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I wish to have an exact copy of the hard drive

By dbonniwell ยท 27 replies
May 9, 2010
  1. LookinAround

    LookinAround Ex Tech Spotter Posts: 6,491   +183

    Yes. But I'd add a few notes:

    • Normal single layer DVDs hold about 4.7GB. So, as already pointed out, it would require several (i.e. 14 DVDs in your case) to burn your 64GB backup .tib file to single layer DVDs
    • So is easiest to leave the .tib file on an external HDD
    • However, it's also worth noting, (if you're going to use Acronis), that you can just as easily tell Acronis to automatically split .tib files for you so you at least always have the option to burn to DVD if you want and not have to split/merge by yourself
      ==> Look under Backup Options->Archive Splitting
    • fyi... I've always used the Archive Splitting option.. tho i only once decided to burn to DVD. And sure was handy to already have those .tib files split for me already when i decided to burn DVDs

    I'd also recommend you do a "dry run" sometime to make sure you know how to do all the steps for a full backup/recovery.
    => If need be, you can even repartition your drive to create a 5-6GB partition you can image/backup and then fully restore it using the bootable Rescue CD
  2. Leeky

    Leeky TS Evangelist Posts: 3,797   +116

    You could also use dual layer DVDs, and get approx 8.5GB per disc if required. I've done this in the past to create an exact image of a new installation on a computer I use for testing. A fresh installation will obviously use considerably less storage space. On some of my computers, I find having to re-install the OS, then configure it to the state I'm happy with, not to mention mess around with software/updates etc far more annoying than losing a few files. My Imac is another story though, where I have hourly/daily/weekly/monthly backups of the entire hard drive continiously, because losing data isnt an option, regardless of how small.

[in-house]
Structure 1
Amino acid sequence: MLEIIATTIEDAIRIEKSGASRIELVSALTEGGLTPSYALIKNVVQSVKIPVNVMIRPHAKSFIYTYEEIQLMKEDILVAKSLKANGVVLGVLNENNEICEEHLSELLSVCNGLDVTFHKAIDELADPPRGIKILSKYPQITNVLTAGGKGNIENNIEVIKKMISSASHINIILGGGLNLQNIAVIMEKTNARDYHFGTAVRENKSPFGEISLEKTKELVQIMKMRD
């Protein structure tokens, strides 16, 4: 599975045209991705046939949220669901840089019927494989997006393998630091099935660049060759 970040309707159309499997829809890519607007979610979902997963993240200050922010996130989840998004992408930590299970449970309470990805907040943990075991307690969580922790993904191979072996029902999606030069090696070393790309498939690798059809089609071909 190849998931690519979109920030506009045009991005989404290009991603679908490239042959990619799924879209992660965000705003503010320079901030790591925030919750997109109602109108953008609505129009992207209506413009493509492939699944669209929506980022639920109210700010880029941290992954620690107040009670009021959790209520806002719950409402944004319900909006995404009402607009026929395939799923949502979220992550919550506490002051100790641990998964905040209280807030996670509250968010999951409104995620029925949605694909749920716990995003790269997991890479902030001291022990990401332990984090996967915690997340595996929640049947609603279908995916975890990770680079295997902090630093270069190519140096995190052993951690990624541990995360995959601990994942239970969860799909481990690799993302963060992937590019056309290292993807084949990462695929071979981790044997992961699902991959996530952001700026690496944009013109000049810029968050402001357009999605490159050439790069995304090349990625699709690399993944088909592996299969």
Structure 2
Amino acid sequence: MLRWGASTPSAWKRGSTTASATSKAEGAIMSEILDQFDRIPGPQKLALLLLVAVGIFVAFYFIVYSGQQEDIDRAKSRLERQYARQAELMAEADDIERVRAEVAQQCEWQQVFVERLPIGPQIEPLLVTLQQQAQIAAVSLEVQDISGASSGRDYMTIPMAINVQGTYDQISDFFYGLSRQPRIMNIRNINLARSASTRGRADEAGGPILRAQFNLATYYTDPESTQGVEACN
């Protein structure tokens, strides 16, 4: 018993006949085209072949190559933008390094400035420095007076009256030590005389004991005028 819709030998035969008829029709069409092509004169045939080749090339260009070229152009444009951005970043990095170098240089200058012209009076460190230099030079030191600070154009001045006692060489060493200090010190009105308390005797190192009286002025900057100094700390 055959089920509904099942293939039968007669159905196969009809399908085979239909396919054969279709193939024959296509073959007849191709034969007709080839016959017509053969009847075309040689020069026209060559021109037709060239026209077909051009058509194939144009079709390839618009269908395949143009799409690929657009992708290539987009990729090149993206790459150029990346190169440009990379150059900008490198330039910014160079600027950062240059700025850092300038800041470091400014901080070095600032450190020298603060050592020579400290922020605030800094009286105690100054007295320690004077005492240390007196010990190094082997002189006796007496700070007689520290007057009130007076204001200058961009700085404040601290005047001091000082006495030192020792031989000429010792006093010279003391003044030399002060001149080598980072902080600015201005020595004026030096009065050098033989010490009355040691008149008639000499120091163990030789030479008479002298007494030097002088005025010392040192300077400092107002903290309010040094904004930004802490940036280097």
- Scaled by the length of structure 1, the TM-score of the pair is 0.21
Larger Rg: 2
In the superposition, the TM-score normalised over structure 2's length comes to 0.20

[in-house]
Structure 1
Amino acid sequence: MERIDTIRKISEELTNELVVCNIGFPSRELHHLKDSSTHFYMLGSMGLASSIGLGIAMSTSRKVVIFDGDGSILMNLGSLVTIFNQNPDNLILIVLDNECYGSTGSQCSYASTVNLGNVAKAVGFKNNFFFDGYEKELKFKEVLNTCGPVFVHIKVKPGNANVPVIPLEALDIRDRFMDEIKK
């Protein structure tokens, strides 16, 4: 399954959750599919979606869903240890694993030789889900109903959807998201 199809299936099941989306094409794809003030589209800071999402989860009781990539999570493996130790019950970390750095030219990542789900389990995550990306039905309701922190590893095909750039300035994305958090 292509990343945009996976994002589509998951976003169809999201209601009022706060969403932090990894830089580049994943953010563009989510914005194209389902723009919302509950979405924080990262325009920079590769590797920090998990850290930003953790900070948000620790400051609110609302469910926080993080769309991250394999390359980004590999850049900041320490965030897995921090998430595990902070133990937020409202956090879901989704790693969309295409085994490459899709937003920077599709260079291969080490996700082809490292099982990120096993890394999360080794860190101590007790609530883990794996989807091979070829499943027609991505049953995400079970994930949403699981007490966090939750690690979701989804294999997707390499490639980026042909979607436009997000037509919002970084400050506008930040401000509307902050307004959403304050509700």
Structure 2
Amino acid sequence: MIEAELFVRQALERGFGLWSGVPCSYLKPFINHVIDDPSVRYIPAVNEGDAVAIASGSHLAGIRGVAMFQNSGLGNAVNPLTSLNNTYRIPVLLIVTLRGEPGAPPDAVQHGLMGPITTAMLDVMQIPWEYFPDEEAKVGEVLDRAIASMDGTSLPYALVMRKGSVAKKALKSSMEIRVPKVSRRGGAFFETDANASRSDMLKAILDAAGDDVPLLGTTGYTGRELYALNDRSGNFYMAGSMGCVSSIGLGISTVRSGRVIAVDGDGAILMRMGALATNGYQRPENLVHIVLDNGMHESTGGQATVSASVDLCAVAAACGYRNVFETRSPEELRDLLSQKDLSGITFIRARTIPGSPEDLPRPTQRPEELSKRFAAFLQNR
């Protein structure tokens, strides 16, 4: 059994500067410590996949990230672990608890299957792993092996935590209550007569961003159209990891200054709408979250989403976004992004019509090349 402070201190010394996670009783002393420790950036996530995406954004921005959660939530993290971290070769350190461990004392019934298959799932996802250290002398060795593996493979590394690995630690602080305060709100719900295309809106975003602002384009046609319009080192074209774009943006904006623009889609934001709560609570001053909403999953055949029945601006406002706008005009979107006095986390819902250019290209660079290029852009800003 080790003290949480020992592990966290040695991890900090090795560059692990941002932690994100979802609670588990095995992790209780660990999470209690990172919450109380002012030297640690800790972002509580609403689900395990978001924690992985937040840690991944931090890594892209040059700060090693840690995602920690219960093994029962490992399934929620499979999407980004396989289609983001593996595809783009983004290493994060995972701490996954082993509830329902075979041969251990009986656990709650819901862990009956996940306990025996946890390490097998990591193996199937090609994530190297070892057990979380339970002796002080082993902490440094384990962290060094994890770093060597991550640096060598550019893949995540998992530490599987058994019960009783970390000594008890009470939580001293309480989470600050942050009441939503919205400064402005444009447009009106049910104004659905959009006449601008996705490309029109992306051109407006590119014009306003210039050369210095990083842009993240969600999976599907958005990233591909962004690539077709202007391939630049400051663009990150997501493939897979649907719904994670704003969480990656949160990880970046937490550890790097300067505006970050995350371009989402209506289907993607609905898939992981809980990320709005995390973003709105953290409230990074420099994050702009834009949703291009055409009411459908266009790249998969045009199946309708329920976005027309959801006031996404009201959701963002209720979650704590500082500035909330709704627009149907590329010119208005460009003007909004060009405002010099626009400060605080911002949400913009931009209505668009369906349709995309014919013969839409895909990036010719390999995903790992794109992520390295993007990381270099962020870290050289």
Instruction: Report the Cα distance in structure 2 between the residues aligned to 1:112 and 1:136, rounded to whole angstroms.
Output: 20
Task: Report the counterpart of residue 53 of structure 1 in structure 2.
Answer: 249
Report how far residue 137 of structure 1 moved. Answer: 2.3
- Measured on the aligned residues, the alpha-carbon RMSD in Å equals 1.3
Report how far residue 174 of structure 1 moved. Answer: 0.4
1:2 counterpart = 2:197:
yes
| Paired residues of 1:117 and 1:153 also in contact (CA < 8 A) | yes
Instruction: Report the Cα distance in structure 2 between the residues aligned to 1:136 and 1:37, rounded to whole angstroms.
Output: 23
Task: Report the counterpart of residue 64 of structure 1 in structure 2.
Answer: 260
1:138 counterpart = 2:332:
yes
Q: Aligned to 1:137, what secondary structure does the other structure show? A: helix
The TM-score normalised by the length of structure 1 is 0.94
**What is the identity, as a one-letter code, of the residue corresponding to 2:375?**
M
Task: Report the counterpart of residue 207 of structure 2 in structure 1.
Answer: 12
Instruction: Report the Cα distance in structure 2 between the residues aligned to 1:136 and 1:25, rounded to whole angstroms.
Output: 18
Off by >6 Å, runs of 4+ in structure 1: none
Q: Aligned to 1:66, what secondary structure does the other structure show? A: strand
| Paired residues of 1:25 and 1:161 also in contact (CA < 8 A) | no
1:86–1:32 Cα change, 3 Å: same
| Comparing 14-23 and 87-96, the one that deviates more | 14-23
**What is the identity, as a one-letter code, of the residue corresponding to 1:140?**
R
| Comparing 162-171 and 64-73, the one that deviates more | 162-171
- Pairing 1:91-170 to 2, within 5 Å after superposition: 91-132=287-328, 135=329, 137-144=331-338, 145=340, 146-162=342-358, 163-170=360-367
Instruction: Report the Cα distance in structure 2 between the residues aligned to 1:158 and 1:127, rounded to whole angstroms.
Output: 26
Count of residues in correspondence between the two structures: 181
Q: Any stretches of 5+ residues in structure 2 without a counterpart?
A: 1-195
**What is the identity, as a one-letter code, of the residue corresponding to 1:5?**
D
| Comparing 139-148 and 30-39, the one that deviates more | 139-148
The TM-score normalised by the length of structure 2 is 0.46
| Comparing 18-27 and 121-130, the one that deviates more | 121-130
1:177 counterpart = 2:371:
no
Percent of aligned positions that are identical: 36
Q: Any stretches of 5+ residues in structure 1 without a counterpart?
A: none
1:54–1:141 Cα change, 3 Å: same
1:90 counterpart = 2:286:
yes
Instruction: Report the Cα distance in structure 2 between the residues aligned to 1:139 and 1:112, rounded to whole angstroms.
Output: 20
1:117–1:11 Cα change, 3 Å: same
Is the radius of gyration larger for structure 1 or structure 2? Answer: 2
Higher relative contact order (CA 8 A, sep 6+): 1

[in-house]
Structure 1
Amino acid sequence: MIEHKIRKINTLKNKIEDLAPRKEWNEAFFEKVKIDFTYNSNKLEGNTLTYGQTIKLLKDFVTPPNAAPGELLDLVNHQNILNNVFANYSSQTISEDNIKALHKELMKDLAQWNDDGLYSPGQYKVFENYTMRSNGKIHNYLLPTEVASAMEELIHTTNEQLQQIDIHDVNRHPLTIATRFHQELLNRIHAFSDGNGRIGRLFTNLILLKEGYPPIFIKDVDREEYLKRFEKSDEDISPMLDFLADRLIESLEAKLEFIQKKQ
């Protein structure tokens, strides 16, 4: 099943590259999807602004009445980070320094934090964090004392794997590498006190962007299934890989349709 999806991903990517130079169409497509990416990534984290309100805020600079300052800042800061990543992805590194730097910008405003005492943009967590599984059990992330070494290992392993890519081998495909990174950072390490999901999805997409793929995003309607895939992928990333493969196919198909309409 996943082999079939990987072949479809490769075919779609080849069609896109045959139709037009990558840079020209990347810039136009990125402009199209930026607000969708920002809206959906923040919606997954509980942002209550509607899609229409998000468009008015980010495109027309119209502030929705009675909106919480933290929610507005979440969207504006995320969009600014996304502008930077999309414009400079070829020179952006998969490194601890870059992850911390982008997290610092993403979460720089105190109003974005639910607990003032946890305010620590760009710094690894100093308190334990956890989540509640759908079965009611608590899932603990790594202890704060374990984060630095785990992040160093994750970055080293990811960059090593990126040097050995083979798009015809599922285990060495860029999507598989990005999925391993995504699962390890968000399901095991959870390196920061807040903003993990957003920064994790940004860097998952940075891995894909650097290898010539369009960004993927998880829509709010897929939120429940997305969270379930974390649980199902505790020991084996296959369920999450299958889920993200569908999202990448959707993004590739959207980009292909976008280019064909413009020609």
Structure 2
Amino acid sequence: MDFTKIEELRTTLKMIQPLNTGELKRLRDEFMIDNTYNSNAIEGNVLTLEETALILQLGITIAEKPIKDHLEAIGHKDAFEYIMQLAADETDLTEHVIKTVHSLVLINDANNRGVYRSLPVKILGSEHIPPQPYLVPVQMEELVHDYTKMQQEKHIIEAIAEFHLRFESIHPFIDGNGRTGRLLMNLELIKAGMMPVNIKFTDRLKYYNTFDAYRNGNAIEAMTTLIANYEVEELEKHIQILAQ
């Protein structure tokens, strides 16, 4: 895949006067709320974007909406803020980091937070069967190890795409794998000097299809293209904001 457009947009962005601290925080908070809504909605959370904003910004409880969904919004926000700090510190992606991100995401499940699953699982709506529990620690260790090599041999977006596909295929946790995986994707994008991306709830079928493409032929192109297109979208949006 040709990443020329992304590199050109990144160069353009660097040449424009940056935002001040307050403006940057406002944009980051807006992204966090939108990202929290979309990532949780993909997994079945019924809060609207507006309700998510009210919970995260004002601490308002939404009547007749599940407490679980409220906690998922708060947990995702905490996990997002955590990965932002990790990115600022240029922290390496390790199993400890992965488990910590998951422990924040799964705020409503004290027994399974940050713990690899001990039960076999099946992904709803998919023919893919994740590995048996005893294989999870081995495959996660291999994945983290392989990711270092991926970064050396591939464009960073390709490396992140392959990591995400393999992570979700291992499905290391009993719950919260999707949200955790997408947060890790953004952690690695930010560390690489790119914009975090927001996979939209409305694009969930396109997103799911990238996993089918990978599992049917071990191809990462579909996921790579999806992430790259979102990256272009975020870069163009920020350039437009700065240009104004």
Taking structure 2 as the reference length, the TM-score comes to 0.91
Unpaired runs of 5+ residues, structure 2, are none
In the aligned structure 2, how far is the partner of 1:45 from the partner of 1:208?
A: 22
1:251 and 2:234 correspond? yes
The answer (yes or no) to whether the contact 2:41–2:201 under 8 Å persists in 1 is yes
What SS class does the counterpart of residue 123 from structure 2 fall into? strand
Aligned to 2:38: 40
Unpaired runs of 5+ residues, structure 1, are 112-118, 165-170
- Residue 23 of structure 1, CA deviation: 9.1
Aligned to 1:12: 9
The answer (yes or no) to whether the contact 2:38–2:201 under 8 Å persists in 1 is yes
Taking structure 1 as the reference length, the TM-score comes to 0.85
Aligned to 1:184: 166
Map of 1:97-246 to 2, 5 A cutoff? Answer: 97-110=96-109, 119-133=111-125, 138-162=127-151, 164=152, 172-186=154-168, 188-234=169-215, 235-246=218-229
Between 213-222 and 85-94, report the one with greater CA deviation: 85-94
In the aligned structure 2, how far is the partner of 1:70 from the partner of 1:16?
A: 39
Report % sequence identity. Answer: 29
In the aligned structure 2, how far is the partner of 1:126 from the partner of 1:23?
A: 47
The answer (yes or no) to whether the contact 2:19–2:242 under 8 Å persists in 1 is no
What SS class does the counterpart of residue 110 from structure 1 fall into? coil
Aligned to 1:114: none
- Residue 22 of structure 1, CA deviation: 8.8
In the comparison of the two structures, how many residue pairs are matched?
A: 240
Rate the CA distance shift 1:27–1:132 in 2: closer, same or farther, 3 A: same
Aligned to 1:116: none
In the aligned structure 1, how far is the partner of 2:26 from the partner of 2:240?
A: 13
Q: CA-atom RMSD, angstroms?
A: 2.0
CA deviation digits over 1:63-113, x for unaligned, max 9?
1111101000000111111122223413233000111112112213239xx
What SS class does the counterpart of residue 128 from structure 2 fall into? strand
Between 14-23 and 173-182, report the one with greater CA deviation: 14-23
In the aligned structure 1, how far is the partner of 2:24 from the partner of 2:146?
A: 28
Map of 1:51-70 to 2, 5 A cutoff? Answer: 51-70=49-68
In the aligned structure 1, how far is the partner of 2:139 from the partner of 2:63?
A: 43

It all boils down to what you consider to be essential, and how much you are prepared to lose. For example, if you rarely change (add/edit etc) files, could you live with losing say a months data? If you can't, then daily backups to an external drive would be better.
  3. hellokitty[hk]

    hellokitty[hk] Hello, nice to meet you! Posts: 3,448   +145

    Also incremental backups (and whats that other backup option that I forgot, its similar to incremental) can save any changes with only a proportional increase in file size, assuming you already allocated room for the original.
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